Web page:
Ciaphas Cain: Hero of the Imperium by Sandy Mitchell

(2011-12-18)

Ciaphas Cain: Hero of the Imperium by Sandy Mitchell
Published by Black Library, May 2007
756 pages 
ISBN-13: 978-1-84416-466-0 
Sample: http://www.blacklibrary.com/Downloads/Product/PDF//h/hero-imperium.pdf

Reviewer: Kathryn

 

“In the war torn future of the 41st Millennium Commissar Ciaphas Cain, hero of the Imperium, is respected by his peers and an inspiration to his men – at least that's what the propaganda would have you believe. The reality is very different, for Ciaphas is simply looking for an easy life and a way to stay out of peril. However, fate has a habit of throwing him into the deadliest situations, and luck (mixed with self preservation) always manages to pull him through and onto the loftiest of pedestals. To survive Commissar Cain must dodge, bluff and trick his way out of trouble, even if it increases his status beyond his control!”

 

Ciaphas Cain: Hero of the Imperium is the first collection of the Ciaphas Cain stories, bundling together the fist three novels (For the Emperor, Caves of Ice and The Traitor's Hand) and three short stories, all of which take place within the Warhammer 40,000 universe. The books take the form of a series of archives written by Cain himself, but compiled and edited by Amberley Vail, a character who is frequently mentioned and also plays a major role in the first novel. Vail serves as a omniscient narrator, adding footnotes to supply little bits of information and knowledge, or even sometimes humorous comments, as well as interspersing Cain's rather self-centered writings with parts of texts or witness accounts to give context to the events.

In this collection, Cain meets a variety of the Emperor's enemies – The Tau, the Chaos, the Tyranids, the Orks and the Necrons – but he also becomes involved with the most dreaded and destructive of all things, politics. With support from his malodorous aide Jurgen, the Inquisition, a Lord General of the Imperial Guard as well as the Valhallan 597th to which he attached himself, Ciaphas manages to escape a premature death countless times. Despite his self-depreciative attitude, he proves to be more than capable as a Commissar, inspiring those around him and ensuring victory in the name of the Emperor.

The Ciaphas Cain series is notable for many reasons. Unlike a lot of the other existing Warhammer literature, the Cain series is an adventure comedy, albeit one with a strong poker face, and it's also much lighter on the technicalities of the universe. These aspects allow the reader to connect better with the events, but they also remove the knowledge barrier to increase the accessibility to those unversed in the universe. It's also got a relatively high proportion of female characters due to the mixed regiment that Cain is with for the most part, but it also contains one of the few – if only – gay couples in the canon. It's not openly stated that they're a couple, but the hints and actions of Grifen and Magot leave little doubt, not to mention Cain all but states Magot is homosexual.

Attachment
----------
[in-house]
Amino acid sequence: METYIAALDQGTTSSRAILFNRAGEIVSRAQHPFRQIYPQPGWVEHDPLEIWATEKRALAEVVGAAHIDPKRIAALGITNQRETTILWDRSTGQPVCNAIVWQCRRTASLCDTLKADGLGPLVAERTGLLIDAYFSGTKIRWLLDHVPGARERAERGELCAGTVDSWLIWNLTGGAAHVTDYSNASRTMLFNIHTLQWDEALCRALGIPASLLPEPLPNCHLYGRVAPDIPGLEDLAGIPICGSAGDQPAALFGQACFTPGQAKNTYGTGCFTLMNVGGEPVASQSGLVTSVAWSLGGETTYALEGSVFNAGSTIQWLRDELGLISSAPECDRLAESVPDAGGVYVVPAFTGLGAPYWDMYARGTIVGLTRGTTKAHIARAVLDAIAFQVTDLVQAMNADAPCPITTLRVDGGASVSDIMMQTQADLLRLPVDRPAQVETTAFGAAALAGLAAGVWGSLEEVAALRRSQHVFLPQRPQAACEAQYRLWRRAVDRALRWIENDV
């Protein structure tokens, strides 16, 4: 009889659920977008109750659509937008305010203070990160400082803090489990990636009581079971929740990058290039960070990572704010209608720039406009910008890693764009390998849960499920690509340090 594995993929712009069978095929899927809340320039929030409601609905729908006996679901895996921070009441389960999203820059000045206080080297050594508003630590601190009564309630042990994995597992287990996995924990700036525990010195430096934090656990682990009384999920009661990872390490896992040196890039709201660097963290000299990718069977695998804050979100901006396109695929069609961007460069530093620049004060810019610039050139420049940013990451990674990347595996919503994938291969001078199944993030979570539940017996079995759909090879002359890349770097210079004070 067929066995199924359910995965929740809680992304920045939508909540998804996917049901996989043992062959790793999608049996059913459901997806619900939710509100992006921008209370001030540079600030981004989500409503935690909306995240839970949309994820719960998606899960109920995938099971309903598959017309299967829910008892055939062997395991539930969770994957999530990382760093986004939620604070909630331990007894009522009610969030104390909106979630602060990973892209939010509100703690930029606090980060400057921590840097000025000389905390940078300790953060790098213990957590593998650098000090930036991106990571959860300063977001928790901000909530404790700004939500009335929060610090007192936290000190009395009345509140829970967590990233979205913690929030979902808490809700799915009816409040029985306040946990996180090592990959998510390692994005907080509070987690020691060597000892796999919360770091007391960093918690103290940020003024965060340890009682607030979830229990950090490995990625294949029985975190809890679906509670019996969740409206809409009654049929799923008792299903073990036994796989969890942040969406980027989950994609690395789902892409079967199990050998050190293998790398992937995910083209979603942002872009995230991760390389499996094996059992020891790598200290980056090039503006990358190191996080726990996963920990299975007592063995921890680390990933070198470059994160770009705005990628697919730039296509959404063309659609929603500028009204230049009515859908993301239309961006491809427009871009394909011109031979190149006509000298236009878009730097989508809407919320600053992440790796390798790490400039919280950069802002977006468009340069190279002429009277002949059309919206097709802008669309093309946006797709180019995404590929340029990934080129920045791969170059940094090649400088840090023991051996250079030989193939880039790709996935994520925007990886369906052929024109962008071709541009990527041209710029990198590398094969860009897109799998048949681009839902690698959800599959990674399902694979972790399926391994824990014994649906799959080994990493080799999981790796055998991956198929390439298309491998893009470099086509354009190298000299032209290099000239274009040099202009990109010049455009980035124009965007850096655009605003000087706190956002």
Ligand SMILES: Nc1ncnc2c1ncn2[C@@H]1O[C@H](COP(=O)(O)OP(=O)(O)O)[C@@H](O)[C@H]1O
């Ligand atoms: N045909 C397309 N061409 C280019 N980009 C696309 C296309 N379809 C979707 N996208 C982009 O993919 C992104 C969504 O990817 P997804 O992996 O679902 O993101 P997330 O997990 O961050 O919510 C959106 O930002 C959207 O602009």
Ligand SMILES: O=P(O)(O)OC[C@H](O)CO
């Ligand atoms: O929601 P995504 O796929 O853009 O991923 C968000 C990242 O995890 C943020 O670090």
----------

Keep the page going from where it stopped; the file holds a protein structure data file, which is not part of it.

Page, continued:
Mitchell is quite clear in his writing style, and it fits the book perfectly. I rarely found myself puzzled over the events or the dialogue. The combat scenes, of which there are many, were largely clear and seemed believable in both their length and their brutality, but the descriptions of the violence never went beyond what was necessary. The same applies to the descriptions of characters,  in that we weren't told everything about them, just some basics. This meant confusing the different characters' identities wasn't particularly an issue, especially as the core cast was largely the same through the three novels. I can't say I found it perfect, however. Due to the novels being interconnected yet standalone, there's a lot of repetition of basic facts. We are frequently reminded in each novel that Jurgen has a distinctive smell, for example, sometimes to the point of it being reiterated a number of times per archive. This repetition can become a little annoying if you read the omnibus cover-to-cover, as it feels like a lot of time is spent going over the same few details. The expletives used in the book tend to be variations on the same couple of words, which also becomes a little tiresome.

Despite some flaws and a distracting level of repetition, Hero of the Imperium is a compelling and highly enjoyable read and one recommended to any military science fiction fan, especially those with anything from a fleeting interest in the Warhammer 40,000 universe to those well versed in it.

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